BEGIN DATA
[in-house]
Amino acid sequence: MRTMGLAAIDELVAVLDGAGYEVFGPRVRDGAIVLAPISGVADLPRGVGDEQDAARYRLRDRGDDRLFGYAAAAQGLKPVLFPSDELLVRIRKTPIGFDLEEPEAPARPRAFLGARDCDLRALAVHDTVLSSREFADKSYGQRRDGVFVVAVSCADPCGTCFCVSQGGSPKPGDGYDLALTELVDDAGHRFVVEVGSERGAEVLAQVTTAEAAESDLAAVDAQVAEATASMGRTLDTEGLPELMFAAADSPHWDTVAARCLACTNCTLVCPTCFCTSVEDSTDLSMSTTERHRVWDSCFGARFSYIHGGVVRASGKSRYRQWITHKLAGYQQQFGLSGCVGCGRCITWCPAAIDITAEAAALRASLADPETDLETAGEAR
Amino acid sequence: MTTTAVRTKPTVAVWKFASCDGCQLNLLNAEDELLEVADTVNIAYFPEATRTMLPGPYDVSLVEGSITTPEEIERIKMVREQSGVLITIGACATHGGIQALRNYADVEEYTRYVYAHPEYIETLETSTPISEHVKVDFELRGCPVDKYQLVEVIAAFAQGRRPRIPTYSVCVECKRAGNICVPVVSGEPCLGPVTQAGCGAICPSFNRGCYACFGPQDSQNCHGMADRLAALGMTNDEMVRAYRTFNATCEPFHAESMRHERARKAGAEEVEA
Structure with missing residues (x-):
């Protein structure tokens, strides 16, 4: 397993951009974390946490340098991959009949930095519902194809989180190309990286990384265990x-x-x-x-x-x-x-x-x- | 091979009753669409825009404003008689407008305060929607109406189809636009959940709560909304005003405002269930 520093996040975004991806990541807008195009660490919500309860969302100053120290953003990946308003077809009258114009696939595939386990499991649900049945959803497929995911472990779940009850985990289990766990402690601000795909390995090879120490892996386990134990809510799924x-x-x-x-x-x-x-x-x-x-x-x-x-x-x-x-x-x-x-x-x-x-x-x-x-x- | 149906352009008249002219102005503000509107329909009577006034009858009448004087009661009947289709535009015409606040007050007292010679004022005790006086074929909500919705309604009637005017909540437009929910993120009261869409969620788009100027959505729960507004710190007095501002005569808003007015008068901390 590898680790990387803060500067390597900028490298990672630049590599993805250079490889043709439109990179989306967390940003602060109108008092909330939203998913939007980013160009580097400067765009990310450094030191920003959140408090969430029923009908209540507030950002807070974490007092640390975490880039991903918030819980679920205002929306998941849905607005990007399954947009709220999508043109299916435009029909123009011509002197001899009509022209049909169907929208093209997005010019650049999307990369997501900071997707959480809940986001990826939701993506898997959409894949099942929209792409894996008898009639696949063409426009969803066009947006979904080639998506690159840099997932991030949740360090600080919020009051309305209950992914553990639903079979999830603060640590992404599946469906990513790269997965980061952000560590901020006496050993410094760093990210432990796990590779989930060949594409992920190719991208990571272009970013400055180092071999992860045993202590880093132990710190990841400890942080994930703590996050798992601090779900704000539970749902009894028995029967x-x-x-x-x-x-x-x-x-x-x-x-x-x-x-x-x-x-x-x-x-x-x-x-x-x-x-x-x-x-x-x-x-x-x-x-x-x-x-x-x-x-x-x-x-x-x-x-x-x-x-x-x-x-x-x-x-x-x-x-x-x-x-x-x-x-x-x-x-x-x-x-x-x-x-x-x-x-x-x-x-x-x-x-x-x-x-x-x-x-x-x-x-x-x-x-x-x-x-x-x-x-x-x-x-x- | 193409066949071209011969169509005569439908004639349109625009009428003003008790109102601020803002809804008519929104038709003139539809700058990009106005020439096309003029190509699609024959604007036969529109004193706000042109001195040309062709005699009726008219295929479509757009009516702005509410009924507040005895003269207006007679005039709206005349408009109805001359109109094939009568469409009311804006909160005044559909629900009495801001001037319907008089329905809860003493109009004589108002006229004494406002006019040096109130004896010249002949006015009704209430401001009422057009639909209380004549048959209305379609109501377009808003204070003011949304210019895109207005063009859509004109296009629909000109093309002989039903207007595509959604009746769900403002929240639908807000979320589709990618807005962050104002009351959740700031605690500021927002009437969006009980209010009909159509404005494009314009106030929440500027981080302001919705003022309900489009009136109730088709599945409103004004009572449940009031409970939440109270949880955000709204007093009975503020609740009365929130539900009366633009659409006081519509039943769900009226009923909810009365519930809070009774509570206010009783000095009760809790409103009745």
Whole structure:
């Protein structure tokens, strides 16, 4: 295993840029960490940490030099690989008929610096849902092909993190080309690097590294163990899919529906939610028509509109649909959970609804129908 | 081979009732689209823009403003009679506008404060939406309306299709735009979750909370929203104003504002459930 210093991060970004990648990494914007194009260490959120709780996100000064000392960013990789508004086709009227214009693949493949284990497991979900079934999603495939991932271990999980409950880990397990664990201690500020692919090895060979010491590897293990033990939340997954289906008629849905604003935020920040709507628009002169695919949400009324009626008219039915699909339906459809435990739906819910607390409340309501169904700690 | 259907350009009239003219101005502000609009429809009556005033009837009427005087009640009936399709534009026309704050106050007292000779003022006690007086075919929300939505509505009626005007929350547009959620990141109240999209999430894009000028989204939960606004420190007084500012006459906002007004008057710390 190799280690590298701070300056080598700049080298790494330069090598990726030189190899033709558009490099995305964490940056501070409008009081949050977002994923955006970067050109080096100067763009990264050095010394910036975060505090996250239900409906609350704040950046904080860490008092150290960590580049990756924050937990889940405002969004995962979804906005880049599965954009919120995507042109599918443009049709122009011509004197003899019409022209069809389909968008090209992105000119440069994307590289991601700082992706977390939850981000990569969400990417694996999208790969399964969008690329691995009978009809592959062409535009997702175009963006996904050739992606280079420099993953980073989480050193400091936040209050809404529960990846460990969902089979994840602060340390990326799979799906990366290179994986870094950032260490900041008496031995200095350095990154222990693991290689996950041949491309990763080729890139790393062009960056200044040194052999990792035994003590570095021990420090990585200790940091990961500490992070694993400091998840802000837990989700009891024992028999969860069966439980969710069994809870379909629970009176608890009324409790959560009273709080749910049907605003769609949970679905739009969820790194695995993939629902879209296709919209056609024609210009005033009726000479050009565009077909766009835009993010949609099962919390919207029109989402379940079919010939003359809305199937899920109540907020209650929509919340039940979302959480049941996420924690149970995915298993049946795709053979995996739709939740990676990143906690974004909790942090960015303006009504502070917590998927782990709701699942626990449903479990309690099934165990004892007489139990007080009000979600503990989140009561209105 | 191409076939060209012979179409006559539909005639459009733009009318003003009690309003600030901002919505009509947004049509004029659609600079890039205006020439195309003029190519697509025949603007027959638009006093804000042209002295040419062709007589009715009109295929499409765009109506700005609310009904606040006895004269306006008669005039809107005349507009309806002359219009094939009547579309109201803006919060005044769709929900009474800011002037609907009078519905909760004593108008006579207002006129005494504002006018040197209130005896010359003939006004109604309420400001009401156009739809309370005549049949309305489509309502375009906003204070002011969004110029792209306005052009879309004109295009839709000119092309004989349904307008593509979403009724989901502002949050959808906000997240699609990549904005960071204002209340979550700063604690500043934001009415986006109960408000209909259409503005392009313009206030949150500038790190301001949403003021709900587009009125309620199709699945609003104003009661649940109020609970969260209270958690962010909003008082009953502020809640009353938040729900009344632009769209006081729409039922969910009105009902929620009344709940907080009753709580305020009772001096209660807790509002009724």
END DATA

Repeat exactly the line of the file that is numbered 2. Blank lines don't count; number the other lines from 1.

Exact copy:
Amino acid sequence: MRTMGLAAIDELVAVLDGAGYEVFGPRVRDGAIVLAPISGVADLPRGVGDEQDAARYRLRDRGDDRLFGYAAAAQGLKPVLFPSDELLVRIRKTPIGFDLEEPEAPARPRAFLGARDCDLRALAVHDTVLSSREFADKSYGQRRDGVFVVAVSCADPCGTCFCVSQGGSPKPGDGYDLALTELVDDAGHRFVVEVGSERGAEVLAQVTTAEAAESDLAAVDAQVAEATASMGRTLDTEGLPELMFAAADSPHWDTVAARCLACTNCTLVCPTCFCTSVEDSTDLSMSTTERHRVWDSCFGARFSYIHGGVVRASGKSRYRQWITHKLAGYQQQFGLSGCVGCGRCITWCPAAIDITAEAAALRASLADPETDLETAGEAR